'/>"/>

Contact: NIDA Press Team
media@nida.nih.gov
301-443-6245
NIH/National Institute on Drug Abuse
Source:Eurekalert

Related medicine news :

1. Quitting smoking especially difficult for select groups
2. Unmet expectations and smoking prove key factors in quitting bladder medication
3. Patients Could Use More Help Quitting Smoking
4. Quitting menthol cigarettes may be harder for some smokers
5. Odds of Quitting Smoking May Be Clear on Scans
6. Brain scans predict likely success when it comes to quitting smoking
7. Electronic cigarettes hold promise as aid to quitting
8. MSU-led study identifies risks for quitting college
9. No Complications From Quitting Smoking as Surgery Nears: Study
10. Quitting Smoking Cuts Cancer Risk After Liver Transplant
11. Fake cigarettes increase success rate for quitting smoking
Post Your Comments:
*Name:
*Comment:
*Email:
(Date:4/24/2017)... McLean, Virginia (PRWEB) , ... April 24, 2017 ... ... have announced that they are seeking public support to bring their novel lifesaving ... in appearance, wearable device packed with medical-grade sensors, specially designed to read a ...
(Date:4/24/2017)... ... April 24, 2017 , ... symplrTM, a leading provider of ... that Kyle Allain has joined the company as Vice President and General Manager ... provider, payor and managed care solutions. , A seasoned executive with more ...
(Date:4/24/2017)... ... April 24, 2017 , ... MAP Health ... anxiety levels in people with addiction who are served by MAP’s patient engagement ... wearable device that monitors heart and breath rates to identify anxiety levels and ...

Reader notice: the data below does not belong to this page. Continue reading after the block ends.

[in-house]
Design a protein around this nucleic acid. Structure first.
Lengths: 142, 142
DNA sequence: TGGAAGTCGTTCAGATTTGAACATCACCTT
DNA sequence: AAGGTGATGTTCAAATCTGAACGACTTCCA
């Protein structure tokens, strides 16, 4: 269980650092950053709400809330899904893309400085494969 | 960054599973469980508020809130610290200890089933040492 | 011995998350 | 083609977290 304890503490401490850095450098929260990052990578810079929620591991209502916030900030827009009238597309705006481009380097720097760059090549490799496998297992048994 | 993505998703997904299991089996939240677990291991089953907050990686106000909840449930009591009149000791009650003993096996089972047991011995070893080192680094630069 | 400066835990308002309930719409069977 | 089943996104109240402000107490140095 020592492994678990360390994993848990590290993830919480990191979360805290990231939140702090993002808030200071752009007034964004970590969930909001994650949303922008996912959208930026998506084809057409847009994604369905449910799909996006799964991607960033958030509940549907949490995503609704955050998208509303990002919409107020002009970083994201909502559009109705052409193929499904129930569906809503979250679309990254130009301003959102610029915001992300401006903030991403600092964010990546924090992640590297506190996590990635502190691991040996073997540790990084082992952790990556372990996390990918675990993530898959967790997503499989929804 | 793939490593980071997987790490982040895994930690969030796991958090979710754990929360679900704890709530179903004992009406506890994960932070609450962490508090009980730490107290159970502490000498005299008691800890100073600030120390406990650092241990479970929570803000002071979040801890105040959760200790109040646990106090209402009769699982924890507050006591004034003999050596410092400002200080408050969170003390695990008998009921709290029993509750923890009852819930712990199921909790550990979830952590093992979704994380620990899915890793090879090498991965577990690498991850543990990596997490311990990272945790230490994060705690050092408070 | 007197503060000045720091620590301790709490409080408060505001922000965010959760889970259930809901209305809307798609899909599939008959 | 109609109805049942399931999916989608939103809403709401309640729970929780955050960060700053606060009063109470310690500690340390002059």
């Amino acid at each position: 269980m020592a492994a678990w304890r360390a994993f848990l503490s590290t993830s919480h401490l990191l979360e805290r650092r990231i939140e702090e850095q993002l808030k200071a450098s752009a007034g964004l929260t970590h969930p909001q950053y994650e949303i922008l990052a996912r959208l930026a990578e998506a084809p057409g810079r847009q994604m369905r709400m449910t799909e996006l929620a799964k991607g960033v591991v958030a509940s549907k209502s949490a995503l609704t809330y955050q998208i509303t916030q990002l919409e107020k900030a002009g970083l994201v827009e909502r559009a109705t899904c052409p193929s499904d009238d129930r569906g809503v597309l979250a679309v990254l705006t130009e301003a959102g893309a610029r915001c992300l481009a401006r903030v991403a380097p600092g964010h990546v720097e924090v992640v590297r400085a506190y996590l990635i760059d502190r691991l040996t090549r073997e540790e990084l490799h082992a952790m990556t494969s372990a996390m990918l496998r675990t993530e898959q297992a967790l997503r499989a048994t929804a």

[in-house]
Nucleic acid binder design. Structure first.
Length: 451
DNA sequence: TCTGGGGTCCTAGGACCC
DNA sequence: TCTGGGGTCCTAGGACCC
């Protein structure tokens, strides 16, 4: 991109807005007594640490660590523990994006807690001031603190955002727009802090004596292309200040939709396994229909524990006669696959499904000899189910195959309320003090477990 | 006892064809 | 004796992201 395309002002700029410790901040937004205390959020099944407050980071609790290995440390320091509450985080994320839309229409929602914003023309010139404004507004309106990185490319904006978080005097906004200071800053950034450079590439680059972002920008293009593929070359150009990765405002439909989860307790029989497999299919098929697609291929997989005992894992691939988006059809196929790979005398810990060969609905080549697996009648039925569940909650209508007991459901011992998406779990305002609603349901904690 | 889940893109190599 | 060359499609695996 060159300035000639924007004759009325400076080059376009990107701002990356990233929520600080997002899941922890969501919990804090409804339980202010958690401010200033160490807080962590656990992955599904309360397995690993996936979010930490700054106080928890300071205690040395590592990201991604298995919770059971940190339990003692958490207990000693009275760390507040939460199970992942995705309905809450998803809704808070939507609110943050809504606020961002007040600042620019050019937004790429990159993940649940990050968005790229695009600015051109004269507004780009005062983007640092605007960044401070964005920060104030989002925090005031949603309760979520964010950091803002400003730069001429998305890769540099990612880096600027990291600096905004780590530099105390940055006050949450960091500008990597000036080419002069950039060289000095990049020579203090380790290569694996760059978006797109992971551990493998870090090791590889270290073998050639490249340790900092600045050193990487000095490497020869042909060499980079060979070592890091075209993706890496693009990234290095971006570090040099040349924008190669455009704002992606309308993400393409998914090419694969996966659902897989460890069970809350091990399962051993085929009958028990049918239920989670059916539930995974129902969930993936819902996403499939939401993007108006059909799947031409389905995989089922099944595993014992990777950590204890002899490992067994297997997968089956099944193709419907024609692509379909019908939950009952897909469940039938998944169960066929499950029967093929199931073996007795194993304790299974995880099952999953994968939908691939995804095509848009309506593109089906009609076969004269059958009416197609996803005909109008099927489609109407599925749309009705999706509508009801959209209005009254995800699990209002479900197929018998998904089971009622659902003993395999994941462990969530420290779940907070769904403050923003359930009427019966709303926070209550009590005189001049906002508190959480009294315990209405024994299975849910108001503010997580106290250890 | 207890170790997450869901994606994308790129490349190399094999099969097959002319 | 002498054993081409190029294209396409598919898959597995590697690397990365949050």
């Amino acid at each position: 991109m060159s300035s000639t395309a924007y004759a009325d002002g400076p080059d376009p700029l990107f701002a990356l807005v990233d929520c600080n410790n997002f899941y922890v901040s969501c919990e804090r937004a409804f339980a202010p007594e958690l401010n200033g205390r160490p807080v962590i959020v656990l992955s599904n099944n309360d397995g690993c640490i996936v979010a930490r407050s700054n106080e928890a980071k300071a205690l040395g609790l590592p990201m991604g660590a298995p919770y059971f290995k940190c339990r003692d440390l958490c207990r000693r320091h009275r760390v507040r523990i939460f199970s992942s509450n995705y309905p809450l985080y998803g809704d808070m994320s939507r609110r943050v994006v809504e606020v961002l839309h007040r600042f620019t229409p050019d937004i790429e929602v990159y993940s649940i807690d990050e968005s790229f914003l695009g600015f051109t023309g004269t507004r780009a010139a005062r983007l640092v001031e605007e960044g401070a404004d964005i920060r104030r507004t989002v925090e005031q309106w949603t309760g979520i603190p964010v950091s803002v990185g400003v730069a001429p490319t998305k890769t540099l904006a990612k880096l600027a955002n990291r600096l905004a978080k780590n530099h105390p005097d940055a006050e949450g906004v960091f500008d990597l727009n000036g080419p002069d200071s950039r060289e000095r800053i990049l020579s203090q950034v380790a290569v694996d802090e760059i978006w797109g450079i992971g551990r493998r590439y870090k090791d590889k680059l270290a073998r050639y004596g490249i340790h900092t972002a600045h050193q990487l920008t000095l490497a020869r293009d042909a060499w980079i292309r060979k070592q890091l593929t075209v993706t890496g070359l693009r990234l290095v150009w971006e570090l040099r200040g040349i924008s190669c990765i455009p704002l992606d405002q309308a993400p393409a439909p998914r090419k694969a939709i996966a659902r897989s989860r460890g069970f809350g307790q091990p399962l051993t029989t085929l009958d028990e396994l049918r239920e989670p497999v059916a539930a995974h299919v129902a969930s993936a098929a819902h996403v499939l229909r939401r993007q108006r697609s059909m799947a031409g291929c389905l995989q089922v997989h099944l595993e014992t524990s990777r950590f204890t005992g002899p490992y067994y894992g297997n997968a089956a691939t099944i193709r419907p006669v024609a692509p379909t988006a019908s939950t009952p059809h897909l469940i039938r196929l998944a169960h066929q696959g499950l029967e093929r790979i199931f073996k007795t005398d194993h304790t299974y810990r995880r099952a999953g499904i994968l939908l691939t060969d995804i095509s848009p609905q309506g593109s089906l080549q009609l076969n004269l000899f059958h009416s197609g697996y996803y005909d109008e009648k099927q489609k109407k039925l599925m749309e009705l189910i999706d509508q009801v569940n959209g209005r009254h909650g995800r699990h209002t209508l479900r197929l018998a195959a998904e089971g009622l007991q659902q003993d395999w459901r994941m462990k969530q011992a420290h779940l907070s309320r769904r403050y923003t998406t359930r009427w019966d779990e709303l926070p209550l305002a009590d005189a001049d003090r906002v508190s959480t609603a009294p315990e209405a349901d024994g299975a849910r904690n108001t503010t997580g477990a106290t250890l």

(Date:4/24/2017)... ... April 24, 2017 , ... As a former supermodel ... thousand words. The good news for single women is that she put all the ... available on April 25th. Joan's insight, personal experiences and sparkling sense of humor have ...
(Date:4/24/2017)... ... April 24, 2017 , ... Donna Parker, L. Ac. reads all sorts of ... of them to be very practical. She wanted to write a guide/workbook that would ... their health. It prompted her in writing “ A Clear Path to a Vibrant ...
Breaking Medicine News(10 mins):
(Date:4/20/2017)... , April 20, 2017  Zimmer Biomet Holdings, ... musculoskeletal healthcare, today announced that it will be participating ... Conference at the InterContinental Hotel in Boston, ... Biomet will present at 11:20 a.m. Eastern Time. ... accessed via Zimmer Biomet,s Investor Relations website at ...
(Date:4/20/2017)... April 20, 2017  CVS Pharmacy, the retail ... a new store design to enhance the retail ... food, health-focused products and expanded beauty selections paired ... customers discover new offerings. Together with its innovative ... of the customer experience at CVS Pharmacy.  ...
(Date:4/20/2017)... , April 20, 2017 ... platform, the first non-viral gene expression technology that enables ... the eye to address a wide range of ophthalmic ... Medicines and Healthcare products Regulatory Agency (MHRA) to advance ... ...
Breaking Medicine Technology: